That “for him” statement means that Jesus is the central point of creation. In other words, all creation and all history flows from and points to Jesus! The Bible calls him the Alpha and Omega, the beginning and the end.

Jesus not only created all things, He is the goal of all things. Imagine that – the hands which hold history are nail scarred. The heart from which history beats is love-filled. The mind which plans history is grace-filled. All history has been fashioned with Christ in mind. All things achieve their intended purpose through him and exist for him. Far from just a big bang theory, all of life and creation draw meaning from Jesus Christ. Every time the dilemmas of life confuse us, the happenings of our lives confound us, when life itself tends to undo us, remember Christ is the Creator, the center, the controller! The world and history are in his hands. It awesome that the one who created the world is the one who loves us so much that he died to save us.

Paul goes on to say that Jesus is preeminent because he is the cohesion of life. Verse 17 says, “He himself is before all things, and by him all things hold together.” Scientists for decades have been trying to figure out what exactly holds the universe together. They’ve identified protons, neutrons, electrons, and photons. But none of this explains what gives objects mass, what holds it all together. Over 50 years ago, physicist Peter Higgs – along with 5 others – theorized a particle that would explain what gives the universe mass. They called it the Higgs Boson but it quickly gained the nickname “the God Particle.” What they theorized fifty years ago Paul had an answer for almost 2000 years ago!

Jesus holds it all together! Without Jesus, everything would fly apart. He is the glue, the magnet, the center of gravity. Jesus holds the world and our lives together. “The heavenly machinery moves with incredible mathematical precision. We can foretell years in advance the occasion of an eclipse of the visit of a comet. The tides rise and fall, the seasons come and go, moons wax and wane – all under submission to Christ. …All factors of time and space are under the Lord Jesus’ control.”[vi] In Acts, Paul preached that “In Christ we live and move and have our being.”[vii]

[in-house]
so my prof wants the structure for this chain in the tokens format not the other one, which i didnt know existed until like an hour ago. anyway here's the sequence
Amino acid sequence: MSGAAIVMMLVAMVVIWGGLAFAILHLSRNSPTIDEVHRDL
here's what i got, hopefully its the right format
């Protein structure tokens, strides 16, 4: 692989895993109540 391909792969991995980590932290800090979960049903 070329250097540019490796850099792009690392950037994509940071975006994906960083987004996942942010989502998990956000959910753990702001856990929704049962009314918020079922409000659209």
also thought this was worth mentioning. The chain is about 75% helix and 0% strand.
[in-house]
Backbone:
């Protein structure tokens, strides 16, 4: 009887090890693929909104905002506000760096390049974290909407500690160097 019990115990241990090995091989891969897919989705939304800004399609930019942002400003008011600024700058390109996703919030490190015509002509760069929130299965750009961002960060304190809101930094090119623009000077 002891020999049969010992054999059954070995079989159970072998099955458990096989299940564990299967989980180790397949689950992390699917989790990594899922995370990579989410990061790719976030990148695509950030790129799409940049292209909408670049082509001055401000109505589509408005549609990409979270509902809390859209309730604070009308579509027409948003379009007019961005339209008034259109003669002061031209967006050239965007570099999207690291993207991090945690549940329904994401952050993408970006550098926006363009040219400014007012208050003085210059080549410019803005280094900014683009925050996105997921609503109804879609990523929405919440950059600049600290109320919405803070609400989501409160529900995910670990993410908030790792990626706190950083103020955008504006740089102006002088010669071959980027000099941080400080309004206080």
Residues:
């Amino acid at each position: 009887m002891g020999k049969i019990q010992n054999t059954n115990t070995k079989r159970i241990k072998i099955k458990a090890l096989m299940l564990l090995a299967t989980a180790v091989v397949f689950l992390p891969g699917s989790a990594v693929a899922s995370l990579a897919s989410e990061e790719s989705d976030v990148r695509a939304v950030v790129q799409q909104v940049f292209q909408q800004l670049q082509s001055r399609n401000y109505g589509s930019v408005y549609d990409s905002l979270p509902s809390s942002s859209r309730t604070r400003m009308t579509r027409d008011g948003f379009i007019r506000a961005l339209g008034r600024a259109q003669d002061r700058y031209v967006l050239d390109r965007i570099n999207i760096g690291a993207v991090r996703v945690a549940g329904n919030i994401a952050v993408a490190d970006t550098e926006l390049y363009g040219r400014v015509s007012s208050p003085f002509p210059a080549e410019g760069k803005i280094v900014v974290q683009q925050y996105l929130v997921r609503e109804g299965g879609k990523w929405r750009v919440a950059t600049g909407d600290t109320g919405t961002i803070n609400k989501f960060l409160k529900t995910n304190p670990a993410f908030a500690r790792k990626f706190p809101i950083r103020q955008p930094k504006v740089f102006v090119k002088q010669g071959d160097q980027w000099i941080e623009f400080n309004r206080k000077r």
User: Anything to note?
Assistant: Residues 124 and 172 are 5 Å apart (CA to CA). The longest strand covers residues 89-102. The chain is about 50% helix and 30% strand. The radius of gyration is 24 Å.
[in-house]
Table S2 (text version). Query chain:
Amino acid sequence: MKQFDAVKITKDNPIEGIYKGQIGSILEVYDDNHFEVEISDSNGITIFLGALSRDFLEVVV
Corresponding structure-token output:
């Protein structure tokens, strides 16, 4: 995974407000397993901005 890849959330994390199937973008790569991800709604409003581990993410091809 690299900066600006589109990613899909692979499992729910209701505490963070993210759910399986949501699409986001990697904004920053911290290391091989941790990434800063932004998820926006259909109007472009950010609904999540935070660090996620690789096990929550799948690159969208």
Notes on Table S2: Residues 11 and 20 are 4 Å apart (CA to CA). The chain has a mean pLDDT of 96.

The circumstances of our lives are like the spokes of a wheel and Christ is the sprocket that holds them all together. When life pitches back and forth, when we are ready to buckle under the stress and strain, when we’re jostled by the rock and roll, remember it is Jesus Christ who holds it all together.

Think of the last time you looked through a Kaleidoscope. It’s made up of nothing but broken pieces of glass yet when the light breaks through they form the most beautiful designs imaginable. It’s as if the light holds it together and makes something out of nothing, brings beauty out of ugliness, wholeness out of brokenness. Jesus holds our lives together, fits the pieces into his picture, makes something out of nothing, and brings beauty out of ugliness, wholeness out of brokenness. If Christ as lord is the center of our lives, the circumference will take care of itself. Let me break that down for you.

We say, “It’s impossible.” Jesus says. “All things are possible.”

We say, “I’m too exhausted.” Jesus says, “I will give you rest.”

We say, “Nobody really loves me.” Jesus says, “I love you.”

We say, “I don’t have the strength to go on.” Jesus says, “My grace if sufficient.”

We say, “I can’t do it.” Jesus says, “You can do all things through my strength.”

We say, “I can’t forgive myself.” Jesus says, “I forgive you.”

We say, “I can’t manage.” Jesus says, “I will supply all your needs.”

We say, “I’m afraid.” Jesus says, “I have not given you a spirit of fear.”

We say, “I’m worried.” Jesus says, “Cast all your cares on me.”

We say, “I have no faith.” Jesus says, “I have given everyone a measure of faith.”

We say, “I don’t know the way.” Jesus says, “I am the way.”

We say, “I don’t know what’s true.” Jesus says, “I am the truth.”

We say, “I just want to die.” Jesus says, “I am the life.”

We say, “I’m lost in the darkness of this world.” Jesus says, “I am the light of the world!”

We say, “I feel alone.” Jesus says, “I will never leave you or forsake you!”

If Christ as Lord is the center of our lives, the circumference will take care of itself.